Editor’s note: This is the second in a three-part series on provincial budgeting.
In my last MLA report, which was the first in a multi-part series on provincial budgeting, I laid out a number of methods that governments use to raise revenue including taxes, royalties, dividends, fees, and the sale of assets. And I talked about how the choices that governments make have real effects on people.
I mentioned that since 2001 MSP premiums have increased by 85 per cent and BC Hydro rates have increased by 36 per cent. And I talked about how, since the implementation of the HST in 2010, billions of dollars in taxes have been shifted onto consumers.
But despite the fact that regular British Columbians are paying more, the actual state of British Columbia’s books is more dire than it has ever been. I believe that it is vital that you know the truth even though the truth, in this case, is hard to take.
Since the BC Liberals took power, the total government debt has risen by $23.5 billion. That’s an increase of 70 per cent. The estimated debt by March 2013 will be $57.4 billion. But this is only a small part of the story.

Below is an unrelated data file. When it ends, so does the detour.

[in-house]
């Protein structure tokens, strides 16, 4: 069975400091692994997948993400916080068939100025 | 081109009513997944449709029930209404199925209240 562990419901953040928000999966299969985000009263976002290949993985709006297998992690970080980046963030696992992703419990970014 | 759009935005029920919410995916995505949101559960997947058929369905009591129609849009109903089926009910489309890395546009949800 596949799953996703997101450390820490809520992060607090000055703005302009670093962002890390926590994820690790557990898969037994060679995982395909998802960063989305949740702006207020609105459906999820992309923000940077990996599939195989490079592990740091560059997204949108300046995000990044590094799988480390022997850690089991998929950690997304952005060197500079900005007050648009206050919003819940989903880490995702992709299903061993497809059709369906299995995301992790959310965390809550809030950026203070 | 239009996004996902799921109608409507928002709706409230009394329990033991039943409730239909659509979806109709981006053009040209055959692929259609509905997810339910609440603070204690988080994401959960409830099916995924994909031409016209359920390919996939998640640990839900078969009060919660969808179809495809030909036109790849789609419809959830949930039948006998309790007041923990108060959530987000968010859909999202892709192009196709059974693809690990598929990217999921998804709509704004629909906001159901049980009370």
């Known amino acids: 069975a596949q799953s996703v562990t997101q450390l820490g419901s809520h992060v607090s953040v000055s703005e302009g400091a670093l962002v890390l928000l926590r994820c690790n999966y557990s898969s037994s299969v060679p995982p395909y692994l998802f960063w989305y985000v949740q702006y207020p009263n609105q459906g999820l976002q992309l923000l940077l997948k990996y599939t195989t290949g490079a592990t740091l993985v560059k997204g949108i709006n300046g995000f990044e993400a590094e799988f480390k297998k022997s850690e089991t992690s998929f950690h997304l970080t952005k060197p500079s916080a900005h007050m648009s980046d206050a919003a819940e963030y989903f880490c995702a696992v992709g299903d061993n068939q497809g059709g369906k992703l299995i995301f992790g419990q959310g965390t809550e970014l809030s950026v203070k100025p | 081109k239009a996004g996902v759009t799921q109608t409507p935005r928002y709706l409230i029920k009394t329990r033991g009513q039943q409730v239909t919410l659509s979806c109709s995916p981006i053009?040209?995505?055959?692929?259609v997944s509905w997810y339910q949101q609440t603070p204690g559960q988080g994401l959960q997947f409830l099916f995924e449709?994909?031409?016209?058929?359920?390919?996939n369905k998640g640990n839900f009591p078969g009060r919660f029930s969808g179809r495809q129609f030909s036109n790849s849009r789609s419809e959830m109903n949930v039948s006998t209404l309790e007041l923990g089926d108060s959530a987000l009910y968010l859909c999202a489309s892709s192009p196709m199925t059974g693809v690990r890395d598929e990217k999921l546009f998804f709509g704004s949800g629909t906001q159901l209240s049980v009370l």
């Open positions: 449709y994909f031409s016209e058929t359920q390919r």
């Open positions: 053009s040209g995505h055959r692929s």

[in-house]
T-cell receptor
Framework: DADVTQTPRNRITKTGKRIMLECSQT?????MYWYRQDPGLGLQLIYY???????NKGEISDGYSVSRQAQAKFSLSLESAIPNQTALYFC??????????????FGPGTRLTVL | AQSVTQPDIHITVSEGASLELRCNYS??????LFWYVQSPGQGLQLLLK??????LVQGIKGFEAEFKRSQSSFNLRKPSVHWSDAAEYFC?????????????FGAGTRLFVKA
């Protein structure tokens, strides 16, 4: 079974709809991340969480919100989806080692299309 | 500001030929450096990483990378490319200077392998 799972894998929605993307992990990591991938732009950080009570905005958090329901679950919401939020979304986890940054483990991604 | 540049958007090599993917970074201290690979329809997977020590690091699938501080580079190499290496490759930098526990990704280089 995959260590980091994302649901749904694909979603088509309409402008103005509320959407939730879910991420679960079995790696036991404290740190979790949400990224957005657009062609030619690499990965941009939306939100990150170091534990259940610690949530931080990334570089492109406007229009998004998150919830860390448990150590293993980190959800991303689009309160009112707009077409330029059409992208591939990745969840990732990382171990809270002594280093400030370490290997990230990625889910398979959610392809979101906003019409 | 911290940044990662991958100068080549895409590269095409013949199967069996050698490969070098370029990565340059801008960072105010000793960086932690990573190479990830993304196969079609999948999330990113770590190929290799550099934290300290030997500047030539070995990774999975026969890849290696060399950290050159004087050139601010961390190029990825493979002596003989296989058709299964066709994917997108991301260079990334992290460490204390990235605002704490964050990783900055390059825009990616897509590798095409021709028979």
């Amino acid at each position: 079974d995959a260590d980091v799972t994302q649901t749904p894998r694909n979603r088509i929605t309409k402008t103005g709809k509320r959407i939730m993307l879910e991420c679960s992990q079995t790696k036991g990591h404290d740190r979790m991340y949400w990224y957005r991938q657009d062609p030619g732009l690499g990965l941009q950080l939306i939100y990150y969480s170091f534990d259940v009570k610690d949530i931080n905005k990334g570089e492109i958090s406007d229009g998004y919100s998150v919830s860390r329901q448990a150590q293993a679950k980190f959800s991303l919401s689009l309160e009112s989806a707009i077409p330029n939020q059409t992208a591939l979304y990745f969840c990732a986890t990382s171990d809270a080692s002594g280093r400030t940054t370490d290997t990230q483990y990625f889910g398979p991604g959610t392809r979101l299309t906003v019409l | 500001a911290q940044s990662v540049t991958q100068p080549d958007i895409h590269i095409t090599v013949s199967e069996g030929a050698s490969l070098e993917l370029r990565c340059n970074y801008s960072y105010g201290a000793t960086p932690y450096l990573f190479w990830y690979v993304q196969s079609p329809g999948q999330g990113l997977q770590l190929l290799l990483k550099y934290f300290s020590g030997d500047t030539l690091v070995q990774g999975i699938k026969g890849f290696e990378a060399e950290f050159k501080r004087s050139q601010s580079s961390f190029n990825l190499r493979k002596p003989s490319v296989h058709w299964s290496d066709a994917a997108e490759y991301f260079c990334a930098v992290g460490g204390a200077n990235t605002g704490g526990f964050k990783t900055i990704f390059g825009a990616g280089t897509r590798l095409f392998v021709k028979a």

Under the BC Liberals, other contractual obligations or off-book debt have skyrocketed. The total of this type of debt, which we as taxpayers are obligated to pay, is a phenomenal $96 billion.
A portion of this debt is for privatized government services and privatized infrastructure projects. But I think you will be surprised to find out where more than half that $96 billion will be going.
You will remember the opposition local residents raised to the destruction of our rivers and streams for private power production. Although only a few of these projects have been built, the environmental and economic costs to the province have been great.
The owners of these private river diversion projects have signed long-term Energy Purchase Agreements with BC Hydro leaving ratepayers owing $54.9 billion.
And what will we receive for all this money? Overpriced power that is produced during the spring freshet when we don’t actually need it.
As I speak to people across this area, I hear consistently that people are optimistic that we can build a better future.
And I agree with them, but as we look to that better future, we must be honest about our current financial situation.
While it will be difficult to overcome these extreme financial challenges, I feel confident that we can work together, establish our priorities and make real progress towards making British Columbia an even better place to live.